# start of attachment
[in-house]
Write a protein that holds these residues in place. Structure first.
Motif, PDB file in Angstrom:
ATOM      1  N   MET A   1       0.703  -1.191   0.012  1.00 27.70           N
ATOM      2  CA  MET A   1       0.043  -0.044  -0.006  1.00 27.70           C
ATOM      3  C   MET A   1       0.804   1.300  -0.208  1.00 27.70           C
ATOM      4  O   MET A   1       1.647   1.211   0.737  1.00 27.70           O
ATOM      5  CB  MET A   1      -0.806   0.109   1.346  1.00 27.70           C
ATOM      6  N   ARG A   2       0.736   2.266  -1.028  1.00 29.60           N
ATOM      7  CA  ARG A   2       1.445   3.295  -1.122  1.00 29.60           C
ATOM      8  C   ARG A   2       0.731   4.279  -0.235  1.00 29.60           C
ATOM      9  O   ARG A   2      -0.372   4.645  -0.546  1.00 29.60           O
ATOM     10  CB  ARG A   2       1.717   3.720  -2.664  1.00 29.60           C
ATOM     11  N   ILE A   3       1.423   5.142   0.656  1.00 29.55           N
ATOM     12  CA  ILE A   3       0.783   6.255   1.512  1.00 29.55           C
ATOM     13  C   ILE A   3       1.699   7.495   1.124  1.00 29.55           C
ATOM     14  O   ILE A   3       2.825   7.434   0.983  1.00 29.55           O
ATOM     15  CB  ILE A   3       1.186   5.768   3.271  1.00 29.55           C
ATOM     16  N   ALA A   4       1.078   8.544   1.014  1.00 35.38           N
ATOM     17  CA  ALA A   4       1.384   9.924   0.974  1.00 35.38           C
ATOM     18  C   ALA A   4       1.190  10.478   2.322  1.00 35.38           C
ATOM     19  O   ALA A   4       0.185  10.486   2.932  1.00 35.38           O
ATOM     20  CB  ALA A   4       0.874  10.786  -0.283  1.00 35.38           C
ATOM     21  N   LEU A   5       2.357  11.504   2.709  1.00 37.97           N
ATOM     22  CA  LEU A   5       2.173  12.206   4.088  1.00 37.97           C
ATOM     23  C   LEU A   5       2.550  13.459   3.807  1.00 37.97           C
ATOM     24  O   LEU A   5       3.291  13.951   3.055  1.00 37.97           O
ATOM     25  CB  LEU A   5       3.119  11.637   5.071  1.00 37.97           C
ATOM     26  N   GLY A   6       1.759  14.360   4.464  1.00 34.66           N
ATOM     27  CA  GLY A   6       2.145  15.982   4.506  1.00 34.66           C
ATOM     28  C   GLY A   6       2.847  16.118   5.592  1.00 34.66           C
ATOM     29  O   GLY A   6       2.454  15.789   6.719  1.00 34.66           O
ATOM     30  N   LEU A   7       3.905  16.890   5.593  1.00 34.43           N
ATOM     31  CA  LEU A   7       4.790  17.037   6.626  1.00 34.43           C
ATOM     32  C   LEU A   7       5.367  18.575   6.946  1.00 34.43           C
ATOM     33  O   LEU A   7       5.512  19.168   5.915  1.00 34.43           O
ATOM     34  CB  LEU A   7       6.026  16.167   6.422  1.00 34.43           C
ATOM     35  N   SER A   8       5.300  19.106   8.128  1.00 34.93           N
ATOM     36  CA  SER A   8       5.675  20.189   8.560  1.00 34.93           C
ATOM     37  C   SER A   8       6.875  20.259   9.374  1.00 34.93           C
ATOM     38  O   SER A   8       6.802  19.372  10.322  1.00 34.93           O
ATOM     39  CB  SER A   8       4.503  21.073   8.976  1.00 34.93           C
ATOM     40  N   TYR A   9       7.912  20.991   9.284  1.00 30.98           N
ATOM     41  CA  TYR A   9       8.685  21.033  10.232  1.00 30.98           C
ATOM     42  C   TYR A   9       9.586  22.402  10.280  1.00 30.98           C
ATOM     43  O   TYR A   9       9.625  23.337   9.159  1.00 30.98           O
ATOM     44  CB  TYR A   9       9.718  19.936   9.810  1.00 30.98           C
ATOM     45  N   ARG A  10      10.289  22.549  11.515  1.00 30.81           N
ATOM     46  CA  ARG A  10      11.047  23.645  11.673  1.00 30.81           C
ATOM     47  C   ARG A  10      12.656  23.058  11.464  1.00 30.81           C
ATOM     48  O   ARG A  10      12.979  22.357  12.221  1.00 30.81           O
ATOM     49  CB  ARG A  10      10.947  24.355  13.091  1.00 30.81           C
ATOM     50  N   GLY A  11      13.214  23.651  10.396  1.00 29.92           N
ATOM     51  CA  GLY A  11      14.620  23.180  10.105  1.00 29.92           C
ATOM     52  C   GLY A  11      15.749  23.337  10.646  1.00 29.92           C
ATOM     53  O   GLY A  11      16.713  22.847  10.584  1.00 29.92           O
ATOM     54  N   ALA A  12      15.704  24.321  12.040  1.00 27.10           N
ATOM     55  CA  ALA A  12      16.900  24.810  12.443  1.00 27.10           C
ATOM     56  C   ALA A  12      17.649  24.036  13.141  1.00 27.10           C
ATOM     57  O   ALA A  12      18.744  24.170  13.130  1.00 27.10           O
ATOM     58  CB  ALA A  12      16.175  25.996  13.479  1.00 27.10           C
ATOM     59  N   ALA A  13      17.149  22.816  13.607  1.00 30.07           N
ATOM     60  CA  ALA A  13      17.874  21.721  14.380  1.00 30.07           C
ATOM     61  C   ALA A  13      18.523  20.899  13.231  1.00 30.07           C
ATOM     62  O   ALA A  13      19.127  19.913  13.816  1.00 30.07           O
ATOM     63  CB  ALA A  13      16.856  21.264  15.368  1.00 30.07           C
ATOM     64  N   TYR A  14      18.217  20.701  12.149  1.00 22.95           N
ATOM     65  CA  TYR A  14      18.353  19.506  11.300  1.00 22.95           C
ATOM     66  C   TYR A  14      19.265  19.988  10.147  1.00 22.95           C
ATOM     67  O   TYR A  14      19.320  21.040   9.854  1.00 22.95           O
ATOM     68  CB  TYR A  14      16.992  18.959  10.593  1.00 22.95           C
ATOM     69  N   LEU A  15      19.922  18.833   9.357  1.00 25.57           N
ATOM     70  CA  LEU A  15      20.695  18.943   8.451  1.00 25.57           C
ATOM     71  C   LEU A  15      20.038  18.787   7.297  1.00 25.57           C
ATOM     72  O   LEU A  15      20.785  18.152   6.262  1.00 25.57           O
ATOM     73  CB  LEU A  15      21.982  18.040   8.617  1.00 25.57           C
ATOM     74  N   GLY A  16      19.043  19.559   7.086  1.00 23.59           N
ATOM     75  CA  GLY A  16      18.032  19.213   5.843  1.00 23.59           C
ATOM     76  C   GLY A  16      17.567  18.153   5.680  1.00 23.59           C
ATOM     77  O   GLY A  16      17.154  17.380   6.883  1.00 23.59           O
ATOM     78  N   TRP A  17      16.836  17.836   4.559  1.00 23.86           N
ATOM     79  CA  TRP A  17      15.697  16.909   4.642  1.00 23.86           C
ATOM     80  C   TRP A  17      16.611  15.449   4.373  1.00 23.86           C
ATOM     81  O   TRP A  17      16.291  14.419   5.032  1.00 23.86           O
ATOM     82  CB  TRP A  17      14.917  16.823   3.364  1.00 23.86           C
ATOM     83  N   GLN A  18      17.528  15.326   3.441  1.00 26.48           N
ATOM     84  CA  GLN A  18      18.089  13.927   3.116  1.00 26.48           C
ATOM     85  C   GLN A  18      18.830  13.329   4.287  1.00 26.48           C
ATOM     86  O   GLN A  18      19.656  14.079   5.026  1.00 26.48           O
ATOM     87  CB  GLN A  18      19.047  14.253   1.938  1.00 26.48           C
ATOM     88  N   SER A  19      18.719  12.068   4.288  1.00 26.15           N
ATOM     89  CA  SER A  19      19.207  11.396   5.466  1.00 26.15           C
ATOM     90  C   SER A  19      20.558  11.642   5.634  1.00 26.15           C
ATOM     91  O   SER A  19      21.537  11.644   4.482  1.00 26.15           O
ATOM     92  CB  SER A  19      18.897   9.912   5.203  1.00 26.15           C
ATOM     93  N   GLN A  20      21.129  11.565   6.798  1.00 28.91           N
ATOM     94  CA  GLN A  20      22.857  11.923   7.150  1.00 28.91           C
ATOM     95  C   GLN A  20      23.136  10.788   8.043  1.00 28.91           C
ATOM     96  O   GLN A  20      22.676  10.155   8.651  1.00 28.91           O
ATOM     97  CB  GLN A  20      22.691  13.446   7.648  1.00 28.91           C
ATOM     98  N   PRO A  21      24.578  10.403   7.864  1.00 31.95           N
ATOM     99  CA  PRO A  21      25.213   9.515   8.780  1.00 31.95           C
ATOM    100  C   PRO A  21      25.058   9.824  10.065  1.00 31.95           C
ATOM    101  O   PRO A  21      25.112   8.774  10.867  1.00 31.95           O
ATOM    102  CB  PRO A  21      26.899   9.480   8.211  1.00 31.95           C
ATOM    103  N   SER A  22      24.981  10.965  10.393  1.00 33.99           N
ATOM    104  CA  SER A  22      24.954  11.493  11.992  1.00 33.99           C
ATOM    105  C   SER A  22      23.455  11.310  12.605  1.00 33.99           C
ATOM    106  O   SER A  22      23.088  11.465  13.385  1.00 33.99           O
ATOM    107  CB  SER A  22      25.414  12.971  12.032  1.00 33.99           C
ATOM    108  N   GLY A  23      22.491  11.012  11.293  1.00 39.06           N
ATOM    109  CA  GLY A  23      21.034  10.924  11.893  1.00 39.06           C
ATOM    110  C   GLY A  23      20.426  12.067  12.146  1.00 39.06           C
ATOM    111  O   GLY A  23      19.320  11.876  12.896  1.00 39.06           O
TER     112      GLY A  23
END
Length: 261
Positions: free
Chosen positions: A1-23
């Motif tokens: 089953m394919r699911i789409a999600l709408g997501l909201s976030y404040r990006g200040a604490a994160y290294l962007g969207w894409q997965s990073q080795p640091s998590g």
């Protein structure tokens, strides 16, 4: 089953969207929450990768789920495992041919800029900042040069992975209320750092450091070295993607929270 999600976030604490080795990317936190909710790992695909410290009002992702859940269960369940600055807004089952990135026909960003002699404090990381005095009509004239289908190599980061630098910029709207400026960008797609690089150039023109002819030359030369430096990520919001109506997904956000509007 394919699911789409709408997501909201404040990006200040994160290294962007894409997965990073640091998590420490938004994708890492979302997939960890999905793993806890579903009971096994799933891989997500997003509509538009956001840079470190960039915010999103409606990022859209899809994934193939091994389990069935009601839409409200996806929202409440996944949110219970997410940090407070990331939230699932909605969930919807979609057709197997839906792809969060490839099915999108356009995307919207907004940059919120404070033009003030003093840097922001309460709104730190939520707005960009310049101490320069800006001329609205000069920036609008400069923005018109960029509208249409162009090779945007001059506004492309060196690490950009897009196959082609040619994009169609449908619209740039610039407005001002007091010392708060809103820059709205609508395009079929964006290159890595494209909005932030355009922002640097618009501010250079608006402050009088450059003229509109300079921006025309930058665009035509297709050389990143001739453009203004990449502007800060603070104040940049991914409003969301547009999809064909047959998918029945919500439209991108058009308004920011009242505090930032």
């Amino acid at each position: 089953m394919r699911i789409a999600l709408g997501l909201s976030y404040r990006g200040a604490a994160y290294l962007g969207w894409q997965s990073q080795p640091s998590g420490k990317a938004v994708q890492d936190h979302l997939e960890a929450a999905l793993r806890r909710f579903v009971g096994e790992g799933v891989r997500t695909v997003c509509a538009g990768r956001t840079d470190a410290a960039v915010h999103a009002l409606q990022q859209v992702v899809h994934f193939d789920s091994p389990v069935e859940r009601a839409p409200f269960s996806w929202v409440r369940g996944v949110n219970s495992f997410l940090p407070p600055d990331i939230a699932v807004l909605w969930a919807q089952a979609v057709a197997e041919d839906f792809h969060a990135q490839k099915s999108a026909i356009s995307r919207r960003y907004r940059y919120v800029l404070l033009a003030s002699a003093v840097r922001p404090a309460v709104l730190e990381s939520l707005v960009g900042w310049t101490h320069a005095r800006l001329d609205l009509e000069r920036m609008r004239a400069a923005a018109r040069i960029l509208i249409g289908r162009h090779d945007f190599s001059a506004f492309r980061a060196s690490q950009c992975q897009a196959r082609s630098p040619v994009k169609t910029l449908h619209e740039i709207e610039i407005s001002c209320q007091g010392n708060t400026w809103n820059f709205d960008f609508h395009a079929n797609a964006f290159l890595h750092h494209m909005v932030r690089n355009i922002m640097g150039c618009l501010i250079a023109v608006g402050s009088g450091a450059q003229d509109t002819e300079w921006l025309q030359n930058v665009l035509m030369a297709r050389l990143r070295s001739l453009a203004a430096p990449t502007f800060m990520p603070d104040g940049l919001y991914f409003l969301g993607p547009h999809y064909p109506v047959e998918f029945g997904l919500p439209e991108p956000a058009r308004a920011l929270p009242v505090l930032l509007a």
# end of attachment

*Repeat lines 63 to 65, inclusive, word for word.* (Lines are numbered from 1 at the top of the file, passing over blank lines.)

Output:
ATOM     60  CA  ALA A  13      17.874  21.721  14.380  1.00 30.07           C
ATOM     61  C   ALA A  13      18.523  20.899  13.231  1.00 30.07           C
ATOM     62  O   ALA A  13      19.127  19.913  13.816  1.00 30.07           O